We must not steal.Miah daufa nett shtayla.We must not steal. Stealing is not allowed.
✅ Correct way

Use daufa nett instead

To a native speaker, missa nett is like saying it probably would be ok, but we don’t have to. In other words, it’s not something that’s required.

Instead, you should use: daufa nett

👍🏻 Miah daufa nett shtayla. (PG meaning: We must not steal.)

In this case, daufa means allowed. So daufa nett means “not allowed”.

How to correctly use missa nett

There are some correct ways of using missa nett:

Miah missa nett peiyneera, avvah miah kenna vann miah vella. (We don’t have to; it’s not required.)

Miah missa nimmi unsah placements counta. (We’re no longer required.)

In the above examples, you would be saying: we’re not required to…

Using missa by itself

Good news: When used by itself, missa does mean “we must”; as in something we are required or that we have to do.


Miah missa du vass Jehova havva vill.

Miah missa ice cream havva.

Miah missa anri leit lanna veyyich Jehova.

Miah missa bayda.


  1. Must = missa (as in has to be done)
  2. Must not = daufa nett (as in not allowed)
  3. Not required = missa nett (as in doesn’t have to be done)
Confusing Words Words of the Week

patient and geduldich

Most native Pennsylvania Dutch speakers will understand both the words patient and geduldich. But when would it be best to each?

Patience noun (the quality)

  1. patience (more common)
    Du musht may patience havva.
  2. geduld (less common outside of the Bible, but understood by most. Most commonly used if at end of sentence along with mitt)
    Gott sei geduld is’n kshenk.
    Miah missa’s ohnemma mitt geduld.

Patient adj (what someone is or can become)

  1. patient
    See is immah patient mitt iahra kinnah.
    Sei patient mitt si.
  2. geduldich
    Gott is geduldich mitt uns.

Patiently adv = patiently (how someone does something)
Ich binn am patiently voahra biss ich healthy binn.

💡 Patience, patient, patiently can also give idea of endurance (continuing on with something hard to deal with).


  • When talking about about something from the Bible, or a Bible subject, geduld and geduldich are very common.
  • But if having a casual conversation, it would be more common to use patience and patient instead.
  • And if talking about someone patiently doing something or patiently waiting, then you’re safer to use the English word patiently.
Confusing Words Language Tips

Figures of Speech: Walking and Running

Many Pennyslvania Dutch figures of speech are similar to ones in English; but often slightly different. This is true when it comes to talking about things that are said to “run” in English.

In English, some things are said to run—even though they don’t have legs.

  • A river or stream runs
  • Tears can run down your face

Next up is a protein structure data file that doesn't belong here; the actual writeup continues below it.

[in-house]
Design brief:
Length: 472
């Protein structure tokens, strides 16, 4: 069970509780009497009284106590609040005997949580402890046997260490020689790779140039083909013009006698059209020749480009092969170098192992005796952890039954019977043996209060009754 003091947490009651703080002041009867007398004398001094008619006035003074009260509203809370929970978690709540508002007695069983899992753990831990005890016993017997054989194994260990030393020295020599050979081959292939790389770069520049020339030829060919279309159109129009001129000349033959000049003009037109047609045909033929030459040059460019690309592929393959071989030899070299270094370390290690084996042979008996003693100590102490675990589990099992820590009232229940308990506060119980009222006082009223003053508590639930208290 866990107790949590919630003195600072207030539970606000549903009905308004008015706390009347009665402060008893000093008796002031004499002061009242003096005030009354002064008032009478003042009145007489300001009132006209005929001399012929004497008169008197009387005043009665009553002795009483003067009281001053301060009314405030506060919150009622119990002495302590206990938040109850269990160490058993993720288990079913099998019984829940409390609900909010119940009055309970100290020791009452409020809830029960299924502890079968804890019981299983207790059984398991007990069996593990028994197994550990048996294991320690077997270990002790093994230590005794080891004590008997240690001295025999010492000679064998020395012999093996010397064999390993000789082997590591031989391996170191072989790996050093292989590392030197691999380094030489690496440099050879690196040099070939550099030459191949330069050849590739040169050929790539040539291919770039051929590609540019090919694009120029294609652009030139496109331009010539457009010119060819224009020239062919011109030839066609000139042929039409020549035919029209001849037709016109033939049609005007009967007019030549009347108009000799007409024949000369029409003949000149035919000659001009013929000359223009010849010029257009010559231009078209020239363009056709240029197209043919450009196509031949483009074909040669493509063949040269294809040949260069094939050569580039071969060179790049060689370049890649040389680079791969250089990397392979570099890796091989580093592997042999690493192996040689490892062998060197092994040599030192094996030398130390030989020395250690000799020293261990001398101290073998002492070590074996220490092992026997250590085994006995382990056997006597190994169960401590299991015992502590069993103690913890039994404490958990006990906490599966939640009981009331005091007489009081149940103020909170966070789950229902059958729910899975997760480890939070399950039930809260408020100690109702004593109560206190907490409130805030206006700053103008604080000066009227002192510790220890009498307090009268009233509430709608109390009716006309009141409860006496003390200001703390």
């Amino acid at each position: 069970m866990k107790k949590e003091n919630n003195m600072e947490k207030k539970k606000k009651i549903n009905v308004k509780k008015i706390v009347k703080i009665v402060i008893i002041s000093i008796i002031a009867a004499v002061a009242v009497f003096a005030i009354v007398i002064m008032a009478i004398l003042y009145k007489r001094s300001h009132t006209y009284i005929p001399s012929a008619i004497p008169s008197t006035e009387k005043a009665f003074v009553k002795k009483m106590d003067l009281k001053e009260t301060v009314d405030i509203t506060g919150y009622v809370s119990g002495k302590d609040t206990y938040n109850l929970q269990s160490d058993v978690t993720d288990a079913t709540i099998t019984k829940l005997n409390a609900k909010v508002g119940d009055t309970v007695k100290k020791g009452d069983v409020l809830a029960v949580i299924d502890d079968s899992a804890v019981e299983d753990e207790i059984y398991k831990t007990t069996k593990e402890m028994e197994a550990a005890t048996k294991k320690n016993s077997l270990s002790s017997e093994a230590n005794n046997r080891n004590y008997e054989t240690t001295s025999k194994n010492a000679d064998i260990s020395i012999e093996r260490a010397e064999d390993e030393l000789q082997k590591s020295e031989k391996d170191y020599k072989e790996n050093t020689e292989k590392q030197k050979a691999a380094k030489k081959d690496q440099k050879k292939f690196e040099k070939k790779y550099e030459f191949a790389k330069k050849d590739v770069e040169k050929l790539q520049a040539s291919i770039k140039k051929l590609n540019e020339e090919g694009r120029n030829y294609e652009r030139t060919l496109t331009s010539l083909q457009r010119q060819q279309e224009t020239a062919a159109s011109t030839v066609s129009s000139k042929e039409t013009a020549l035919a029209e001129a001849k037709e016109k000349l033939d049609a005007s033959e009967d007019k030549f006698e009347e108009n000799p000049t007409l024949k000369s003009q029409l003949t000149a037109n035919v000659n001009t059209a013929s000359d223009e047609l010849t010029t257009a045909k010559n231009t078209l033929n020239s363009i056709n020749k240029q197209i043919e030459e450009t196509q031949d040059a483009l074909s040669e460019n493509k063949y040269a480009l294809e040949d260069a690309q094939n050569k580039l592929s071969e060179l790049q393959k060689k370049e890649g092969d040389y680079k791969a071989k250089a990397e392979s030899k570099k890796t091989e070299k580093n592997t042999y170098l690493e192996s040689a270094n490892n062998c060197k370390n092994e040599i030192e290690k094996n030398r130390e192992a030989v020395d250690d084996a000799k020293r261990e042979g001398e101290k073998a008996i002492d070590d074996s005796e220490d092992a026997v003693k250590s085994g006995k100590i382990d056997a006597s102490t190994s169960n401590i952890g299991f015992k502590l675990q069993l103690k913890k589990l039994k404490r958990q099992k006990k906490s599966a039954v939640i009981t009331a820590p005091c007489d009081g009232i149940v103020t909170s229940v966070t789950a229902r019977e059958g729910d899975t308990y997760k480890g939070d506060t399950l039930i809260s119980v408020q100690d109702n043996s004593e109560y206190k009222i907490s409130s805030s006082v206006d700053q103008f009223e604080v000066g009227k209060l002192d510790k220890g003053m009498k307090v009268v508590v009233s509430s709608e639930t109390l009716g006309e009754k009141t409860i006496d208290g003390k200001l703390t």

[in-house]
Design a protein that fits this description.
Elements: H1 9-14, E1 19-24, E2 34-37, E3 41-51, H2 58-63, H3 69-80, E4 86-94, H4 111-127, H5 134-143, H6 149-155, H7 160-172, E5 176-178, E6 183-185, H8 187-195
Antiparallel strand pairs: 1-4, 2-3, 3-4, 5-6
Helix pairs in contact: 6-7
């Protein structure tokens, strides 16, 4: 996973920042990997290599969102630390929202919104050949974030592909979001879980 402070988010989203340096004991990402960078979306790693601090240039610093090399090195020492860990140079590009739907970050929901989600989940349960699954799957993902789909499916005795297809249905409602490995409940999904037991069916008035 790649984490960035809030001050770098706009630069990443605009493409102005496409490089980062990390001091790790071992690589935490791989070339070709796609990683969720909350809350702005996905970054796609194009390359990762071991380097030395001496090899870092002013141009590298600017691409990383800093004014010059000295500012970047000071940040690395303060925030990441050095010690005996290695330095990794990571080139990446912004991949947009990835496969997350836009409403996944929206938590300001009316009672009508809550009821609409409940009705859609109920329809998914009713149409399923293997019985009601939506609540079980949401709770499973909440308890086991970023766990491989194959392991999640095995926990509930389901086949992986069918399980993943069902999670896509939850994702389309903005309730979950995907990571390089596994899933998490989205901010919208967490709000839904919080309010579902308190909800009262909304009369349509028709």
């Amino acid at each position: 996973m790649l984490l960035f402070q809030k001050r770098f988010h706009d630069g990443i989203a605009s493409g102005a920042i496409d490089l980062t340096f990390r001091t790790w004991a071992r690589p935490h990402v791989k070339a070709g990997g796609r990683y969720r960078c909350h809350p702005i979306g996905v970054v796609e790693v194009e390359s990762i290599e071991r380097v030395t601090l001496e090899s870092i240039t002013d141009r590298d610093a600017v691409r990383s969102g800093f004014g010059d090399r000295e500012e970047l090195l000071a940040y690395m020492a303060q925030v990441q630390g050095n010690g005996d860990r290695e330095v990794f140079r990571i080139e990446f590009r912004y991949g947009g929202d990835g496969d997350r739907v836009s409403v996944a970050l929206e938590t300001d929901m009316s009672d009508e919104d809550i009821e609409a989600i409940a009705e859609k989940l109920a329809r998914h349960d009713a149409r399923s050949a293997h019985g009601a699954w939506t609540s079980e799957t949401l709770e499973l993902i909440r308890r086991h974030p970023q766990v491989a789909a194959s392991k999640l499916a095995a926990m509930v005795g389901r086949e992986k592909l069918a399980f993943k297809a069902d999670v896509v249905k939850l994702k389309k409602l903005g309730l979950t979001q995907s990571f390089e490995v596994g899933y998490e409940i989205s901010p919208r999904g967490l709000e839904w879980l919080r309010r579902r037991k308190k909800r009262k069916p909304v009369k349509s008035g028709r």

• Liquids can run over (as in overflow)

But in Pennsylvania Dutch, those inanimate objects (things without real legs) are usually said to ‘walk’ (lawfa).


  • A river walks
    Da revvah lawft.
    Di revvahra lawfa deich di valley.
    Da revvah is gloffa biss’s ufgedrikkeld vadda is.
  • Tears walk down someone’s face
    ’S awwa-vassah lawft ivvah iahra bakka nunnah.
  • When water or liquids overflow in Deitsh, they “walk over”
    ’S vassah is am ivvah-lawfa!
    Da revvah zayld ivvah-lawfa noch da shtoahm.


There are a couple of exceptions.

  1. Motors and equipment do “run” (shpringa) in Pennsylvania Dutch (generators, refrigerators, washing machines, motors, and cars and trucks)
  2. Of course, animals and people who can literally “run” and “walk” (they have legs) still shpringa and lawfa in Pennsylvania Dutch.

These differences in figures of speech are a reminder of the unique culture and thinking of native Pennsylvania Dutch speakers.

Confusing Words Words of the Week

shpringa and shprenga

What’s the difference between the Deitsh words shpringa and shprenga?

Both of the words shpringa and shprenga are verbs (action words) that mean to run.

Shpringa verb = to run (as in movement, or to work and function)

Shprenga verb = to run (as in to operate something else)


Jon Heder Running GIF by 20th Century Fox Home Entertainment - Find & Share on GIPHY

Use shpringa when you’re talking about running (movement).

Ich shtay uf free meiyets so’s ich shpringa kann.

’S hutshli shpringd.

You can also use shpringa when you’re talking about something that is operating (working/running).

Gears GIF - Find & Share on GIPHY

’Sis gans laut koss di generator am shpringa is.


Grading Blue Collar GIF by JC Property Professionals - Find & Share on GIPHY

Use shprenga when you’re talking about operating something else—usually a piece of equipment or a machine.